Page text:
CBS/AP August 27, 2018, 9:30 PM Jacksonville shooting victims identified as father, ex-high school football player
The two victims killed at a "Madden NFL 19" tournament have been identified as the winner of last year's Madden Classic competition and a former high school football player who won tens of thousands of dollars playing his favorite video game. Taylor Robertson, a 27-year-old from Giles, West Virginia, and Eli Clayton, a 22-year-old from Woodland Hills, California, were both shot and killed by a gunman in Jacksonville, Florida, at a Madden NFL 19 qualifier event.
Robertson was identified by Dot City Gaming, the professional esports team of which he was a member. The team mourned both victims of Sunday's shooting.
"They were great competitors and well-loved members of the Madden community," the team tweeted. "Our thoughts and deepest sympathies go out to their families, loved ones, and all of those affected by this tragedy."
Robertson, known by his gaming handle "SpotMePlzzz," won $80,500 over the course of his professional gaming career, according to his EASports.com profile. He took home the Madden Classic championship in 2016.
In a YouTube video posted by EA Sports, Robertson said he had played Madden NFL since he was 10 and started playing competitively a few years ago.
Derek Jones, a fellow gamer who lost to Robertson in 2016, said his onetime rival was "one of the nicest people I ever met."
"There's no way that guy did anything to deserve to get shot," Jones said, who went to the Florida tournament from Santa Fe, New Mexico. "He's got a family at home, and he just came out here to try to win some money for this family."
Shay Kivlen is another gamer friend who had known Robertson for about five years and had seen him about six times a year at various gaming tournaments.
"He was one of the kindest people, most genuine guys I've ever met," Kivlen said. "He was super real, and that's what I loved about him. If he was happy, you knew he was happy. He wore his emotions on his sleeve."
Kivlen had left the tournament Sunday to take a nap at his hotel about 20 minutes before the attack. He was watching a live stream of the tournament online when the gunfire erupted.
Clayton was a former high school football player who was known as "one of the perennial top competitors in the scene," according to his profile on EASports.com. He won $51,000 in tournaments in his gaming career.
Clayton, who played under the name "TrueBoy," graduated from Calabasas High School in 2014. In a statement, the school said the "entire community is shocked and saddened by this loss."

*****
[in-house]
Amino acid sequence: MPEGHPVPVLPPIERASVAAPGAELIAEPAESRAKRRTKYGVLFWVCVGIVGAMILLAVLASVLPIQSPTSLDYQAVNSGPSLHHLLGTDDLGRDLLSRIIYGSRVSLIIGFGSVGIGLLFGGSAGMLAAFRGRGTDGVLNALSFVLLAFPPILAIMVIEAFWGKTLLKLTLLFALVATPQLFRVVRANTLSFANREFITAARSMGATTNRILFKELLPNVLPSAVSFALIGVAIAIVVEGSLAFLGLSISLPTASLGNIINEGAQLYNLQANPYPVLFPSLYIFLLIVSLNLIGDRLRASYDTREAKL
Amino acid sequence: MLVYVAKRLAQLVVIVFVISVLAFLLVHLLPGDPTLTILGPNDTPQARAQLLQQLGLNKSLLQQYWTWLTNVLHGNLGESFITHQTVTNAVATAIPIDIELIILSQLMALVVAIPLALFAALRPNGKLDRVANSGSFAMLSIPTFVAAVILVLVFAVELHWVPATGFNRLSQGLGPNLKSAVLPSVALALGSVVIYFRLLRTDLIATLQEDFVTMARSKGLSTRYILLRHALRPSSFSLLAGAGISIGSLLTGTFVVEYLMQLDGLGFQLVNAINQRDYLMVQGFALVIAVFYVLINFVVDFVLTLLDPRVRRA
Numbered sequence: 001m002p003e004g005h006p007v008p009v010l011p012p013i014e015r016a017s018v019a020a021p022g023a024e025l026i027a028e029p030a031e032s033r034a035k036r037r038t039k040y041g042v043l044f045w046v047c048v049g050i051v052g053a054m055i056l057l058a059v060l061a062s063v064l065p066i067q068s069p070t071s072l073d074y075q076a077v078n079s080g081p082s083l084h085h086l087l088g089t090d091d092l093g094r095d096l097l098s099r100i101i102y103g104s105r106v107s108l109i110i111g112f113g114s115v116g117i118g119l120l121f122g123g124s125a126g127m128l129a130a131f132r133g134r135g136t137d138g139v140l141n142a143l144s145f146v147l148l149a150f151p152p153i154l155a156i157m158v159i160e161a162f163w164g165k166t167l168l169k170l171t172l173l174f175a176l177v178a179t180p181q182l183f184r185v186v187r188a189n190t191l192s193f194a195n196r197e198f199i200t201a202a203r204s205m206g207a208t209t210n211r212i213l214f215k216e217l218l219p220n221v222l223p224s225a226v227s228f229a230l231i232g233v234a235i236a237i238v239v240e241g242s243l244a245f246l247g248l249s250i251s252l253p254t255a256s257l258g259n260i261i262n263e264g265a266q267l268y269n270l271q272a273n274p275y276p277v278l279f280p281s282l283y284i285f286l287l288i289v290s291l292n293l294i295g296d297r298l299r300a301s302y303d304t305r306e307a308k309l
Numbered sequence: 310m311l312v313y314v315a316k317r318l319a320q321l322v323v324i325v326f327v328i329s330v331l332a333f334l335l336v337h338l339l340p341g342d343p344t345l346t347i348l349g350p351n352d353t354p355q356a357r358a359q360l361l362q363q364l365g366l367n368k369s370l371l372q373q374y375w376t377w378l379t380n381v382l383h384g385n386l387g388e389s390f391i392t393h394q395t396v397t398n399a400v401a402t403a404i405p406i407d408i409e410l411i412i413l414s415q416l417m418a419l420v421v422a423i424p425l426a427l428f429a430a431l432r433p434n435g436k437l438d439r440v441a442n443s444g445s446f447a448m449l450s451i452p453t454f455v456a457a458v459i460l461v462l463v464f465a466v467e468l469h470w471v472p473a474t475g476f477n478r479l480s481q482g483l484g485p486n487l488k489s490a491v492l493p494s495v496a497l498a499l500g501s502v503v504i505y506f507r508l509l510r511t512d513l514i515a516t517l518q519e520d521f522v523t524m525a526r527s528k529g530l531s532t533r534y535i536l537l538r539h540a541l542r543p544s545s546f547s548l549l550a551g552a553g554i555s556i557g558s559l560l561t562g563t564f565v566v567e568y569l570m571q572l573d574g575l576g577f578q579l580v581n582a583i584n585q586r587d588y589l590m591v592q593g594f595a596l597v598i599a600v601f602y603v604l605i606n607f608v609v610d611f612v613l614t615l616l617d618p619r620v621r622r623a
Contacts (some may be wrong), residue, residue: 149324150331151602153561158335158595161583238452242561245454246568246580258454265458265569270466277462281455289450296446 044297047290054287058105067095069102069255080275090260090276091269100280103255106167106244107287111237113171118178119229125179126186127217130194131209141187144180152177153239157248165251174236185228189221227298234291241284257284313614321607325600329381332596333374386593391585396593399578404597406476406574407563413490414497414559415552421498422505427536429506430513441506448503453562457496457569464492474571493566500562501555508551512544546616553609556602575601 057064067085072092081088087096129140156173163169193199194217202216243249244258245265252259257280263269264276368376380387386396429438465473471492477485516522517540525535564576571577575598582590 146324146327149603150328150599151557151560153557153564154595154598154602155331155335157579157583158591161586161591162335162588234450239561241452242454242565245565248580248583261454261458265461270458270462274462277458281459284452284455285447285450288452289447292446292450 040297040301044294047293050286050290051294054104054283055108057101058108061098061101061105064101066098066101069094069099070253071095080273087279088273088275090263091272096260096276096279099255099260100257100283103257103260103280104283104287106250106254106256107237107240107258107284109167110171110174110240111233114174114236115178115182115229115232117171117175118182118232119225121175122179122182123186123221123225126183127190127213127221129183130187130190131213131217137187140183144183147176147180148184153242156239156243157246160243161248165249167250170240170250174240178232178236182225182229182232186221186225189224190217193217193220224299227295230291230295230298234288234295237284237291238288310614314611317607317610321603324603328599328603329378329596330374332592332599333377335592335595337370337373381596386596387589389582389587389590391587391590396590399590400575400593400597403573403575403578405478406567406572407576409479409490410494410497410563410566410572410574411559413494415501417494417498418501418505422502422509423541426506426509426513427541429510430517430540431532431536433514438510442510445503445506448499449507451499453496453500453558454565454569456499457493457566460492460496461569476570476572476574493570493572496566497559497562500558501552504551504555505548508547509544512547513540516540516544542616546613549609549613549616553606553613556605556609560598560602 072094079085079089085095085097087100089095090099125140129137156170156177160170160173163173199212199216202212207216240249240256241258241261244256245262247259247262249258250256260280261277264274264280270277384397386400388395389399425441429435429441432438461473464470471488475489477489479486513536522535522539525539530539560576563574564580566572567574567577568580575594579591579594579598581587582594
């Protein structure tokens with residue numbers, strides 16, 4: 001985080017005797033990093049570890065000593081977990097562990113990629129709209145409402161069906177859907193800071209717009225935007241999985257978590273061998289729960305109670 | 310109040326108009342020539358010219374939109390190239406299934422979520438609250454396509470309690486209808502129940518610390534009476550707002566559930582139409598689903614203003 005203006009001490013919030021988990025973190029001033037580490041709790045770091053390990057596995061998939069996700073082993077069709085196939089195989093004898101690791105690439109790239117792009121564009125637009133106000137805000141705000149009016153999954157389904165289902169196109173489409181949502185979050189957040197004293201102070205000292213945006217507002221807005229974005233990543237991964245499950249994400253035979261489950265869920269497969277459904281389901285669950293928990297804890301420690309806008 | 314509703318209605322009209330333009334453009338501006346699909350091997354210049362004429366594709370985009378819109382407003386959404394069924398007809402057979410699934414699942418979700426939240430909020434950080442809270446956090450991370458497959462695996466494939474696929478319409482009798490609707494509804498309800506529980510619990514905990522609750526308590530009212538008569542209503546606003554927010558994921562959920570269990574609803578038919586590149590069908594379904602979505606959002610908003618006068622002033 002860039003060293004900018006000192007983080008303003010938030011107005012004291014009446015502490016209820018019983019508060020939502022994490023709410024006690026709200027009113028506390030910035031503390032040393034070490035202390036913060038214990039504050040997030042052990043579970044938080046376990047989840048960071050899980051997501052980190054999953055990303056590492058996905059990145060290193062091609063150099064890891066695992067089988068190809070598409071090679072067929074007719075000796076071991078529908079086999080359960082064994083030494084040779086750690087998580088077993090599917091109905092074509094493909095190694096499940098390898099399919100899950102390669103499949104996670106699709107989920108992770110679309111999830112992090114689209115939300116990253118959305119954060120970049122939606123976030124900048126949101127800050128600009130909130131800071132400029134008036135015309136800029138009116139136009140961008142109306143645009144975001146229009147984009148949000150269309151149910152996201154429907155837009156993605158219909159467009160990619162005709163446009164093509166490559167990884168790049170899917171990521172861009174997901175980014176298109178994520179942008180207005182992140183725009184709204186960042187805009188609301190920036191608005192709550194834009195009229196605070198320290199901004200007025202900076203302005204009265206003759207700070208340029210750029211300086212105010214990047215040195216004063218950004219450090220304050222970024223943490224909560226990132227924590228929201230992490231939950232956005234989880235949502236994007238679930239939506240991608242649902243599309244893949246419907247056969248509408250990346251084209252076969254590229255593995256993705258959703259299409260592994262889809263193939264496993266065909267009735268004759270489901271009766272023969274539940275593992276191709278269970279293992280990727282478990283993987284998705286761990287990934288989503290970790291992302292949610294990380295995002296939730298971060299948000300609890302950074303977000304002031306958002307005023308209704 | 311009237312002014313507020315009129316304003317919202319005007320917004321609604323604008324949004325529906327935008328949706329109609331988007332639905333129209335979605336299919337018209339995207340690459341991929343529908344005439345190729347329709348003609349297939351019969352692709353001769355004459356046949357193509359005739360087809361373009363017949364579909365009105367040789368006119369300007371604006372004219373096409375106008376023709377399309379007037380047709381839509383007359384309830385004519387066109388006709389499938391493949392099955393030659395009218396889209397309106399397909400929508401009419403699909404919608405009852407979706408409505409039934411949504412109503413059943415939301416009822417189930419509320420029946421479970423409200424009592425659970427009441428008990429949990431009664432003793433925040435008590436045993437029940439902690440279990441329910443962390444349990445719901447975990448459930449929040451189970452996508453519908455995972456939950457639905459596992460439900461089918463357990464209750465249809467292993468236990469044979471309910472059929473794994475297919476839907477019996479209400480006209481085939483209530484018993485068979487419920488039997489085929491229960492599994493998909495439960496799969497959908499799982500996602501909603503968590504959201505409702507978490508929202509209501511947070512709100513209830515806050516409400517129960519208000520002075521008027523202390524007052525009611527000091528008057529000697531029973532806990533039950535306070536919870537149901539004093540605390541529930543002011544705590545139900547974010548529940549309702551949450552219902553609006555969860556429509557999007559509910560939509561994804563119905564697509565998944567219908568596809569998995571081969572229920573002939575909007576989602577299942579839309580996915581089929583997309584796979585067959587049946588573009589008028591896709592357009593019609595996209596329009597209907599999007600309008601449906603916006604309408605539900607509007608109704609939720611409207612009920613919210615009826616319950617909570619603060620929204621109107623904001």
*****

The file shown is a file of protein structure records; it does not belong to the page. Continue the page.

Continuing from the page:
His former high football team, the Calabasas Coyotes, mourned him on Twitter. "We send our love, condolences, and deepest sense of sorrow to Elijah's Family and Friends," the team said.
Clayton's parents and other relatives gathered outside police headquarters Monday in Jacksonville to give a brief statement. A cousin, Brandi Pettijohn, said the family was "devastated by yet another senseless act of gun violence." She said Clayton was a good, peaceful man who never had a fistfight.
"He loved football, and out of all the videogames he could play, he settled on and mastered 'Madden,'" she said. "He made a good living gaming, and he saved his earnings so he could afford to go to college to continue his education."
The suspected gunman was identified as David Katz, 24, of Baltimore, Maryland. Katz used a single handgun to carry out the shooting and died from a self-inflicted gunshot wound at the scene, Jacksonville Sheriff Mike Williams said. Before the shooting, he had been defeated in the tournament.
Kivlen and Jones said they barely knew Katz, who seemed to avoid conversation with fellow players during tournaments. Katz's gameplay was often erratic, Kivlen said.
"He would do kind of weird stuff online that other people wouldn't do. He would catch a ball and just start jumping out of bounds and stuff when he could have gotten more years, just hurting himself," Kivlen said. "I don't know what he was doing."
Nine others were wounded by gunfire and two others were injured as they fled the shooting, police said. Players were competing for a chance to play in this year's Madden Classic in Las Vegas.
"It just doesn't make sense why he would do it," Kivlen said. "In 'Madden,' you never get so mad at a loss that you would want to do that."
When the shots first rang out, witnesses said they thought it was a firecracker or balloons popping. Then panic set in and people were trampled rushing for the exits.
"If you would have told me that I was going to get shot playing a video game, I would have called you a liar," Tony Montagnino, who competed in the event, told "CBS This Morning."
EA Sports, the makers of the Madden video game series, expressed condolences and called the shooting "a senseless act of violence that we strongly condemn." The NFL said it is "shocked and deeply saddened." All nine of those wounded in the shooting are in stable condition.